Early Action vs. Early Decision vs. Regular Decision

Comments Off on Early Action vs. Early Decision vs. Regular Decision 31 August 2017

The main differences between early action, early decision and regular decision college applications include the timing of application deadlines, the timing of admissions notifications and whether acceptances are binding upon the applicant.

About a quarter of colleges offer early action and/or early decision.

Early action (EA) and early decision (ED) are types of early admission, in contrast with regular decision (RD). Early decision is binding, where the applicant has agreed to enroll if admitted. Early action is not binding. You can apply early decision to only one college. Both early action and early decision involve earlier deadlines for college applications, typically in November. Both also provide earlier notification of admissions decisions, typically in December. Admissions decisions can include deferring the application to the regular admissions pool, not just the usual admit, deny or waitlist decisions.

Single choice early action (SCEA) is like early action, but the student can apply early to only one college. If you apply early action to a single choice early action college, you cannot apply early action or early decision to any other college.

The differences between early action, early decision and regular decision are summarized by this table.

Admissions Timeline Deadline Notification Binding Number of


Decision Day
Early Action November December No No Limit May 1
Single Choice Early Action November December No 1 May 1
Early Decision November December Yes 1 Automatic
Regular Decision January, February March, April No No Limit May 1

There are several benefits to applying early action and early decision:

  • Higher acceptance rates. Acceptance rates tend to be higher for the early action and early decision application pools. This might be partly due to self-selection, since early applicants tend to have strong academic profiles. Also, applying early is a form of demonstrated interest. Colleges like early action and early decision because it lets them fill their classes sooner.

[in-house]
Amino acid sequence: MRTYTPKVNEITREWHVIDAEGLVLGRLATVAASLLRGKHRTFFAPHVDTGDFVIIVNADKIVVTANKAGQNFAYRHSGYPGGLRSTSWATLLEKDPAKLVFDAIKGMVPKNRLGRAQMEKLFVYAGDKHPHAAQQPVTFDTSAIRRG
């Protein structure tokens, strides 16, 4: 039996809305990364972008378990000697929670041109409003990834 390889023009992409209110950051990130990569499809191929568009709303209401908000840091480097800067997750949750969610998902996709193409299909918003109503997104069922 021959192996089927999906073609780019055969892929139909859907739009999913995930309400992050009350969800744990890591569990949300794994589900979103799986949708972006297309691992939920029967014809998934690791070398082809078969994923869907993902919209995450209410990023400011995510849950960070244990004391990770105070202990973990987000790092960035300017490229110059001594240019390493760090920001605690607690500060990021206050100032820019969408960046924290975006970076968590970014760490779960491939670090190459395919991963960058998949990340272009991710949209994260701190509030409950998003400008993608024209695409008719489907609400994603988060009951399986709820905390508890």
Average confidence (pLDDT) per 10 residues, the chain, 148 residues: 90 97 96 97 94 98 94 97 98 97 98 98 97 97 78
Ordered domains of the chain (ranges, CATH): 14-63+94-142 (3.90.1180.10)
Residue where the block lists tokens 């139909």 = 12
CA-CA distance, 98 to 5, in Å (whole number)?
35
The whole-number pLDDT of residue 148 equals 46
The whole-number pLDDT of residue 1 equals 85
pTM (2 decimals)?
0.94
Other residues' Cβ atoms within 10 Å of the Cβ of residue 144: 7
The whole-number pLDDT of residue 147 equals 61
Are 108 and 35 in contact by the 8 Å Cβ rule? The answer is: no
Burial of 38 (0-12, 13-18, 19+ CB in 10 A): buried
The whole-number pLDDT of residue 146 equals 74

• Stress reduction. Although applying by an earlier deadline can be stressful, getting accepted early can reduce stress because you’ll know you’ve been accepted by at least one college.
  • More time. Students who get in early have more time to consider their options and might make better decisions about where to enroll.

There are several drawbacks to applying early action and early decision:

  • Binding commitment to enroll. Applying early decision may be problematic for low-income students, since you can’t compare college financial aid packages to find the college with the lowest net price. Students who apply early decision agree to withdraw applications from other colleges if they are accepted early. If the financial aid award is inadequate, some colleges will allow applicants to back out of the early decision acceptance.
  • Less financial aid. The average financial aid package is lower for students accepted through early action and early decision. This may be because students who apply earlier tend to be wealthier. Generally, colleges do not award less financial aid to early decision applicants because of the binding commitment. In fact, there’s more financial aid available to early applicants, because the college has not yet exhausted its financial aid budget.
  • Senioritis. Getting accepted early may contribute to senioritis, where your academic performance declines. However, colleges can and do revoke offers of admission if your grades drop.

Early decision should be avoided because it limits your options.

Early action and early decision are best for students who have a strong academic performance, generally with test scores at or above the 75th percentile for students enrolled at the college.

It might be better to apply early action to a match school, as opposed to a reach school. You are more likely to get in early at a match school. You can then save on application fees becasue you don’t need to apply to as many safety schools.

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